Our study represents the first Mendelian randomisation analyses for leptin and blood lipids in a population of European ancestry. A major strength of this study is the stringent quality control methods used in measuring genotypes, phenotype and covariates in the FHS third generation cohort. Those methods can reduce measurement error and increase the statistical power needed to identify associations between leptin GRS and lipids. We also identify some limitations. First, pleiotropy effects of SNPs included in the leptin GRS may confound the leptin GRS and lipids associations. It is possible that our results may represent a shared genetic basis between leptin and lipids rather than a causal relationship. Second, we may not have sufficient power to detect associations between genetically determined leptin levels and LDL-C, HDL-C and TC. Larger Mendelian randomisation studies are warranted to evaluate associations between leptin and LDL-C, HDL-C and TC. Third, we did not control for total energy intake in our analyses because food frequency questionnaire survey was not conducted in the third generation cohort at baseline when leptin was measured. However, leptin combines with receptors in the hypothalamus to reduce appetite and increase energy expenditure. Therefore, total energy intake is in the pathway from leptin to lipids metabolism and may not meet the criteria of being a confounder. Forth, the type of alcohol consumed for current drinker was not measured and cannot be considered in the current analyses. It is possible that the alcohol consumed in the studied population is mainly wine and/or beers, which contains high level of resveratrol and phytochemical. The two chemicals may benefit lipid metabolism.55 56 However, the two chemicals do not share similar genetic profile with leptin, and consequently, they should not be correlated with leptin and cannot affect the associations between leptin GRS and blood lipids. Fifth, genetically determined ratio of leptin to leptin receptor may be a better measure to study the role of leptin in lipid metabolism. However, we could not find a genome-wide study on the ratio of leptin to leptin receptor; therefore, a GRS on the ratio cannot be calculated. Future genome-wide studies on the ratio of leptin to leptin receptor are warranted. Finally, our analyses were restricted to individuals of European ancestry. Our findings may not be generalisable to populations of other ancestries.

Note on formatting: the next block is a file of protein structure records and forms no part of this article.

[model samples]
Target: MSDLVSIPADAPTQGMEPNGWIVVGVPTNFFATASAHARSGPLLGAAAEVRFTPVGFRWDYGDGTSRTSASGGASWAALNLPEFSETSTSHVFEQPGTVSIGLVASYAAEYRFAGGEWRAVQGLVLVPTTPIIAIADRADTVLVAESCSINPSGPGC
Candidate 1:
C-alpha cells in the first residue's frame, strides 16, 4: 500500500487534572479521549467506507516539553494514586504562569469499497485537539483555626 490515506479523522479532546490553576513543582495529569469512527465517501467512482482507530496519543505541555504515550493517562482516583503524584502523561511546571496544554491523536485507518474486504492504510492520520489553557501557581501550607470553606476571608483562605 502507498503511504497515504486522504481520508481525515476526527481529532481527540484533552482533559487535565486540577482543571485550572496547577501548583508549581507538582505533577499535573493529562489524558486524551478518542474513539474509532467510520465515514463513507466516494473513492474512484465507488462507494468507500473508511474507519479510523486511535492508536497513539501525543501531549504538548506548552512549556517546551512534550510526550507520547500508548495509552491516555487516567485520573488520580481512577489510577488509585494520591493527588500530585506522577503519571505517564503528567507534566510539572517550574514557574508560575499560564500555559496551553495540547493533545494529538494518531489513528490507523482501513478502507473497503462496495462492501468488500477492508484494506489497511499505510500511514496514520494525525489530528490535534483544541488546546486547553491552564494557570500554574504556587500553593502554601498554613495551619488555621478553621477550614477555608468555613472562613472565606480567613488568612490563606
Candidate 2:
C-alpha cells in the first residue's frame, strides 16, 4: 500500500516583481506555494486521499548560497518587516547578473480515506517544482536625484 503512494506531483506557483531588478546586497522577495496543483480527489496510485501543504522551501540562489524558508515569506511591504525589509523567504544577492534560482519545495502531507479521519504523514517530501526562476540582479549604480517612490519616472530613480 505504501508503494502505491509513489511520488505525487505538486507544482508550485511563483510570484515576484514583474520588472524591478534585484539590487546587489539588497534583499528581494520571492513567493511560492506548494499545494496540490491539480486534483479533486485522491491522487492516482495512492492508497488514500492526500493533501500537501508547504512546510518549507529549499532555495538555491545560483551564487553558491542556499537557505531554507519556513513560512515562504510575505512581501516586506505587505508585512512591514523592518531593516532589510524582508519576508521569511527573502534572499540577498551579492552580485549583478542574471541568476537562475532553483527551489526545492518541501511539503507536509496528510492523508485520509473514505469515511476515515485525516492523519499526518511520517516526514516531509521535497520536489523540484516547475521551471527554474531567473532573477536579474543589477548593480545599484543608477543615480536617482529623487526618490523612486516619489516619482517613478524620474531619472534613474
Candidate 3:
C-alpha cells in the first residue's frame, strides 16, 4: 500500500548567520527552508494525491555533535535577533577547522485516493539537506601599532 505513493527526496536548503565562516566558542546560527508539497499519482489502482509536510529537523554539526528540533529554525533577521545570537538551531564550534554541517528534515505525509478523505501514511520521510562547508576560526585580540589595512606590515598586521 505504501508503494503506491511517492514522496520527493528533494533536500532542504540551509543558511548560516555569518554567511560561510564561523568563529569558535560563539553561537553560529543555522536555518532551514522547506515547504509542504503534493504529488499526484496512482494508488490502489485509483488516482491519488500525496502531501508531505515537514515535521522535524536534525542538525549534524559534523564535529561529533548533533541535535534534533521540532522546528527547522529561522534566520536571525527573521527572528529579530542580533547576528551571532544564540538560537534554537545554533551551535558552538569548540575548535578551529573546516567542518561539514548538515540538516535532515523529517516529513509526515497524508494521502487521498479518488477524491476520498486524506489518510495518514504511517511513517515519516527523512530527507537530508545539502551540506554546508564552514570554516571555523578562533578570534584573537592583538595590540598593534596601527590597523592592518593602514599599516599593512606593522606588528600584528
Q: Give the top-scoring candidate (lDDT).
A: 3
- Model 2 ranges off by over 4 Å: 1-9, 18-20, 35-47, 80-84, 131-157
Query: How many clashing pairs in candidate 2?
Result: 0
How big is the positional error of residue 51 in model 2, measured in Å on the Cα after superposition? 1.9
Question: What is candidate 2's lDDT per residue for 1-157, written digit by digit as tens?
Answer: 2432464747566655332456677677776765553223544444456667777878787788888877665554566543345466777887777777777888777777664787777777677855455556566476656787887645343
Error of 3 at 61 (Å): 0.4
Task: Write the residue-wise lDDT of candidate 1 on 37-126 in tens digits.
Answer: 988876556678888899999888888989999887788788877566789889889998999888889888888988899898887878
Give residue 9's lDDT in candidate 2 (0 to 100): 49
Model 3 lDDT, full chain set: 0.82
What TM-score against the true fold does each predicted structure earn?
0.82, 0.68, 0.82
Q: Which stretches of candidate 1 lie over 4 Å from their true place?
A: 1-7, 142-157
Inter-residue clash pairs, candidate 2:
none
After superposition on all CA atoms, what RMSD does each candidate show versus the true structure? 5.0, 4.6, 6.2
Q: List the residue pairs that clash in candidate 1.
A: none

In summary, the present study provided robust evidence for a potential causal effect of leptin on reduced TG. In addition, genetically determined leptin may regulate blood lipids through different mechanisms, and the association between leptin and lipid metabolism may be modified by alcohol consumption.
We acknowledge editorial assistance of Ms Jessica Ho.
Contributors CL, JFC, J-SW, SL and ZZ helped in the study conceptualisation. LS and YS performed the formal analysis. Supervision was done by CL, JFC, J-SW, SL and ZZ. The original draft was written by LS. CL, JFC, LS, LL and ZZ helped in review and editing.
Funding Dr. Zhiyong Zou was supported by National Natural Science Foundation of China (81773454) and China Scholarship Council (201806015008).
Competing interests None declared.
Patient consent for publication Not required.
Provenance and peer review Not commissioned; externally peer reviewed.
Data availability statement Data are available in a public, open access repository.